The benefits and considerations of upgrading to microservice architecture

The benefits and considerations of upgrading to microservice architecture.

Written by Chris Wiles – Technical Director at ZetaSafe

chrisIt may not be possible to create a ‘perfect’ microservice architecture from your existing system on day one. That’s OK. You will start to get the benefits of a microservice architecture as you begin to develop. You may never end up with a dictionary definition microservice architecture – that’s OK too. You will still enjoy many of the benefits offered by a microservice architecture.

There are many reasons to consider a moving to a microservice architecture; maybe you have a monolith system, a single huge code-base which is a spiders web of complexity. Perhaps you have problems training new developers on the system as its so big and complex. Perhaps you have problems and expense hosting the system as its not written to work on new cloud hosting environments. Your product development may be slow and expensive as the code base is complex, and developers who know how to program the old architecture are expensive and rare.

The premise of a microservice architecture is simple; create many small specialist services, each of which runs independently. These small services make up the entire application. There are many advantages to this approach, and some considerations too.

Core Advantages include:

  • New developers can easily and quickly understand and master each service. This will lead to better code with less bugs.
  • As systems run independently, and specialise at a few tasks, testing becomes easier, leading to better code with less bugs.
  • Most cloud providers provide a means to host micro services. You worry about the code, not the hardware, maintenance, backup, disaster recovery (to a point), server patching, server hosting ……..
  • A change to a particular microservice will have no effect on the other services. Its less likely a single bug will take down your entire system.
  • It’s possible to use different languages for each service – maybe some languages are better than others for the specific function.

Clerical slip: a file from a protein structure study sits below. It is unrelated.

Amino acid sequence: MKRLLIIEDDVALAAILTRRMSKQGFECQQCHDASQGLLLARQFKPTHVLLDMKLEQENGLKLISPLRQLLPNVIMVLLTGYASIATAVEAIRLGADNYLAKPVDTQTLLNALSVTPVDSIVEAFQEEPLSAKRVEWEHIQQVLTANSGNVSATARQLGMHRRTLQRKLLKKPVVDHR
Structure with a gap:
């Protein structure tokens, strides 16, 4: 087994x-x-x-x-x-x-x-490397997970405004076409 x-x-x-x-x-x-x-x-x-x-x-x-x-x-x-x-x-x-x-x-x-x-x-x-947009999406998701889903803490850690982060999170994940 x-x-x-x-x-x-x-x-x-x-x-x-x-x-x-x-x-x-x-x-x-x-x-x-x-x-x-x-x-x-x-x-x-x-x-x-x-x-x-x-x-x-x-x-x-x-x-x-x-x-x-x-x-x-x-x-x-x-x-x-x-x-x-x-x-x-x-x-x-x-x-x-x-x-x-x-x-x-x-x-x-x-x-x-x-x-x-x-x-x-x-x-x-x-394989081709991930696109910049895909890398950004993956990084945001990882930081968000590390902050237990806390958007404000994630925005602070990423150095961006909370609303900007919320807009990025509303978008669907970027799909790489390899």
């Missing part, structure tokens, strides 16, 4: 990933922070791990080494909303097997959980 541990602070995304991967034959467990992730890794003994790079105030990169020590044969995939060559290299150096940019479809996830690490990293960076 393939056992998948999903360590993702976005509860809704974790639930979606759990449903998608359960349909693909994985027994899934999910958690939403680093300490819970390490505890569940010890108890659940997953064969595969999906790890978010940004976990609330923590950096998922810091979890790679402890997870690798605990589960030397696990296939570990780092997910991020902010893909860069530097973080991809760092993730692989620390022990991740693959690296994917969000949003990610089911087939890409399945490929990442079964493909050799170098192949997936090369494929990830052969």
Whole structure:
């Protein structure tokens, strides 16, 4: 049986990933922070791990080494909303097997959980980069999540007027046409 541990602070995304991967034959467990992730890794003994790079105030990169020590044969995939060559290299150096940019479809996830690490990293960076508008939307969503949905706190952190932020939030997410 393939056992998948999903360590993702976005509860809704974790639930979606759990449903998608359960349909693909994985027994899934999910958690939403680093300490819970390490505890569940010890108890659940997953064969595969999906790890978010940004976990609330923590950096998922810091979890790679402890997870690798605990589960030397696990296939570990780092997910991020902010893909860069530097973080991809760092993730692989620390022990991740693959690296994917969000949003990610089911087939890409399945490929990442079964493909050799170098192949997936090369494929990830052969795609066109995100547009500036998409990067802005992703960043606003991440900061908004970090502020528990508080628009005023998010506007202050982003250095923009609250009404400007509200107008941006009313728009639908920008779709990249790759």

In a perfect Microservice environment, each service is completely independent and dedicated to a specific task. In the real world this may not be achievable when factors such as development resourcetimecost and risk are considered. A phased approach may well be more appropriate.

A phased approach will provide many challenges. Proper planning will pay dividends as your project progresses.

Database access is perhaps one of the biggest issues. Each microservice you develop may well be looking at the same datasource. Until you split your database up this will be an ongoing issue. Databases typically limit their number of connections, and a monolith application would typically use a connection pool to ensure the number of connections does not exceed the database max. Each microservice will use a database pool, and require a number of connections. Without a database connection pool solution you will be immediately limited on the number of individual, or instances of the same microservices live at any one time.

It will become apparent that as you split services there will be an element of common code which will need to be shared. Its not ideal, but a fact of life. An example may be an authentication service which understands what a User object is, and the User service which allows user related operations. The definition of what a user is common to both services. Designing common packages which can be used in each service will be required.

Authentication is a huge one. How will you authenticate access to the microservice? You cant go wrong with JWT Tokens, it prevents a lookup for authentication privileges on each request, keeping things fast, its not for all systems though.

Monitoring each service will be required. With your monolith system, you knew whether your system was running, but now it may be that a single microservice has stopped – how do you know? Some health check, with regular checks from something like Monitis will be required. Each microservice should have a health check feature.

Each microservice will produce logs. You will have many logs, in different places, and perhaps on infrastructure which you cant access – like Azure Webapps. You will need to monitor these logs as realtime as possible, especially in the early days – look at incorporating a log service to your microservices, something like papertrail is excellent. In a single place, you will be able to see in realtime, all your microservice logs.

Communication is essential in any development team, especially when a team is embarking on a new architecture. Slack is the obvious choice for team communication. Not only does it just work, but web hooks from deployment, monitoring, and logs can all be added.

Good management is essential. Its easy to get this wrong. Start small, get the basics right. You don’t need to create thousands of microservices each literally doing a single task.

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